Guidelines for Renting to Pet Owners

When I was a teenager I had a cat named Jiggers. She was a Calico, mainly white with some splashes of black scattered about. She was overall a gentle and well-behaved cat adopted from the Humane Society. There was one tiny problem though; she was definitely a house cat, one who totally freaked out when anyone tried to take her outside. The claws would come out, she screamed like a banshee, and it was almost impossible to hold onto her. A few years later I moved out into my own apartment, and even though the move was difficult for Jiggers, we made it into the new place. After a few days it seemed that she had adapted, finding her favorite chair, and sitting in the window looking out at a world that she so desperately feared. After a few years, a job offer took me out of town and circumstances at home with my Mom made it impossible for Jiggers to go back there. I reluctantly decided to call the Humane Society and have her put up for adoption. I hoped that she would find a good home, but in the back of my mind I knew that she was an older cat and maybe nobody would want her. The apartment that I was moving into didn’t allow pets and I just didn’t have the time to look for another one.

The day came for them to come and get Jiggers. Two women showed up with a truck. Jiggers was sitting in her favorite chair, licking her paw. One of the women went over and picked her up and started walking towards the door. Jiggers was purring contently. I warned her that the cat would go completely crazy if you tried to take her outside. She ignored my advice and ended up bringing Jiggers back inside with several claw marks on her arm. At this point the second lady said that she could handle the cat. Picking her up by the scruff of her neck, she tried to go outside. The result was the same. Jiggers managed to turn around and put several deep scratches on her arm. Finally, they had to noose her and put her into a box to get her out to the truck. I called the Humane Society several days later to see how she was and found out that, sadly, she hadn’t survived the trip. She had basically torn herself to pieces in the back of the truck. It was the last cat that I ever owned.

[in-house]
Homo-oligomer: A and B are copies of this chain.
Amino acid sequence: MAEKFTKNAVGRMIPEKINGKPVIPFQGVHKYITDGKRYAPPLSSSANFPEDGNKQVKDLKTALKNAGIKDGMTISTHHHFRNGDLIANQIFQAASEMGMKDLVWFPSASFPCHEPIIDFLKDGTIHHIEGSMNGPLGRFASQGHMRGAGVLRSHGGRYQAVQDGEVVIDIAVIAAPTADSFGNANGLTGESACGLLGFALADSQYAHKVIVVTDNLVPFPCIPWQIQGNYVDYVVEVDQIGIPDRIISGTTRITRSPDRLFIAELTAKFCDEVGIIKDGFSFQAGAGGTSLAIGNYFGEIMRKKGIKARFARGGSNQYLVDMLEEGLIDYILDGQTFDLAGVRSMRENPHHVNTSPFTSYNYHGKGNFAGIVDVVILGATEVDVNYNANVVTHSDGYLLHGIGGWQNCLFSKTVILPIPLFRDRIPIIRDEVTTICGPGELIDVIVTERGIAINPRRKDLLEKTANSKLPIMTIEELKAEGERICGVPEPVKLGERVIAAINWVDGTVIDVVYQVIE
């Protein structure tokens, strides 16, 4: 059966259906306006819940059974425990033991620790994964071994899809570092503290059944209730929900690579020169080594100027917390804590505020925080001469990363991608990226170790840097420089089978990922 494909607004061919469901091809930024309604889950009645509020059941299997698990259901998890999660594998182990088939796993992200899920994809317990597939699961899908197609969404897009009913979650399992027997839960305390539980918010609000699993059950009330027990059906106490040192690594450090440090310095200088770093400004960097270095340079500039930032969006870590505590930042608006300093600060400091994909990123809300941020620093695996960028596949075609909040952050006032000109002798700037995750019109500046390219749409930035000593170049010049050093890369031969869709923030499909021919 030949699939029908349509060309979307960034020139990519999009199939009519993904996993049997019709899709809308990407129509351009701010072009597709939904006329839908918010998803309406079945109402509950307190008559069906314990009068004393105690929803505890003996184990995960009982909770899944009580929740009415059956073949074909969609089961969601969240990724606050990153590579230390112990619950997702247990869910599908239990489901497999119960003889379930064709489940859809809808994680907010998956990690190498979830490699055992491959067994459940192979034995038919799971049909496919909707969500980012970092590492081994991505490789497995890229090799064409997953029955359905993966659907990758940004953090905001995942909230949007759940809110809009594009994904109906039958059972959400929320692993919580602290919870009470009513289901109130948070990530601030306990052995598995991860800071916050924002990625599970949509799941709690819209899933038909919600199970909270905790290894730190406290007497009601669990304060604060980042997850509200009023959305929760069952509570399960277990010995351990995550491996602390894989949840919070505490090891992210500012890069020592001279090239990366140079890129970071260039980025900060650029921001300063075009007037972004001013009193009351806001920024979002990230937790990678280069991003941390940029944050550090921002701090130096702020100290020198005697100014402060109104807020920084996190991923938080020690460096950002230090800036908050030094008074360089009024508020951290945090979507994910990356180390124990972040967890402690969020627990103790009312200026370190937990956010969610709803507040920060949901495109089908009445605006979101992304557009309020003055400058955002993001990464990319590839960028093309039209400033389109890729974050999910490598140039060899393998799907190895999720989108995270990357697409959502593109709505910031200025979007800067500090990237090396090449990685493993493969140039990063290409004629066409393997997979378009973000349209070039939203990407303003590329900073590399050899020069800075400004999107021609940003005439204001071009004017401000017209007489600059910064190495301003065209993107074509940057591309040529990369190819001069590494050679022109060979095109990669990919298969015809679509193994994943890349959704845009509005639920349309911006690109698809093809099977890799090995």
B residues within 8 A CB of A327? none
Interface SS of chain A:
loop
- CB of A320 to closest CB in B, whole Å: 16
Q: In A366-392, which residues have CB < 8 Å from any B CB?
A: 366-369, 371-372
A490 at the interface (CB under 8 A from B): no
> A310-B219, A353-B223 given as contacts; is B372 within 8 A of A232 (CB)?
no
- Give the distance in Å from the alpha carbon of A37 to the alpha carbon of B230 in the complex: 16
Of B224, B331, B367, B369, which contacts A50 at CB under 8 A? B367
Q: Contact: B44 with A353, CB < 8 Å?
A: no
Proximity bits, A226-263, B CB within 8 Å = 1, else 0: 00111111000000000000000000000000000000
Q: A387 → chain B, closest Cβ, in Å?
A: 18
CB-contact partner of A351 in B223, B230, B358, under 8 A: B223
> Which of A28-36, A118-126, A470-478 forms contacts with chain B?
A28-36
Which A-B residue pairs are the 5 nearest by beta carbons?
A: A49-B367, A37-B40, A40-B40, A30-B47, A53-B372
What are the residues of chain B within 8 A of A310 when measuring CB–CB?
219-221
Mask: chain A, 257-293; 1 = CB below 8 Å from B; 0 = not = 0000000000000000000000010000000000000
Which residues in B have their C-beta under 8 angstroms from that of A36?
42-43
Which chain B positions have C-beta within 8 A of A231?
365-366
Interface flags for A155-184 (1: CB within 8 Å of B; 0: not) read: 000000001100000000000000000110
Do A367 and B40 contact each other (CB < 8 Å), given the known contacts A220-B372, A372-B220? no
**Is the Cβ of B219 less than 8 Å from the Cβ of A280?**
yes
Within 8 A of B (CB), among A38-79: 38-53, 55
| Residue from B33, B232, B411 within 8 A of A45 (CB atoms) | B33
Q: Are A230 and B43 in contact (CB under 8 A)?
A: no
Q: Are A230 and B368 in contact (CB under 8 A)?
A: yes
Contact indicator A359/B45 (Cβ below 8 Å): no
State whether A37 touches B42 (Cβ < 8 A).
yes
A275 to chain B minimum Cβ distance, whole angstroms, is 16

It is estimated that about half of all renters in the United States have pets. Many landlords have their own horror stories of renters with pets-abandoned pets, barking dogs, and damage to the apartment. However, with a little planning and pre-screening, opening your doors to pet owners can be a win-win situation. The following guidelines may prove helpful:

Limit the number of pets per household. Most municipalities have limitations. Abide by them.

Allow only traditional pets such as dogs, cats, hamsters, gerbils, small caged birds, and fish.

Require written proof of sterilization, vaccinations, and licenses.

Require that collars with identification be worn at all times.

Ask pet owners to follow a written set off rules. Include standards for cleanliness, “scoop the poop rules,” back up phone numbers of people who can care for the pets in case of an emergency, and food storage suggestions.

You may also ask for references from previous landlords, whether or not the pet has any medical or behavioral problems, and whether they are treated regularly for fleas and ticks, and, of course, whether or not they are house or litter trained.

By allowing pets you are opening your doors to 50% more potential occupants and studies have shown that responsible pet owners stay longer.

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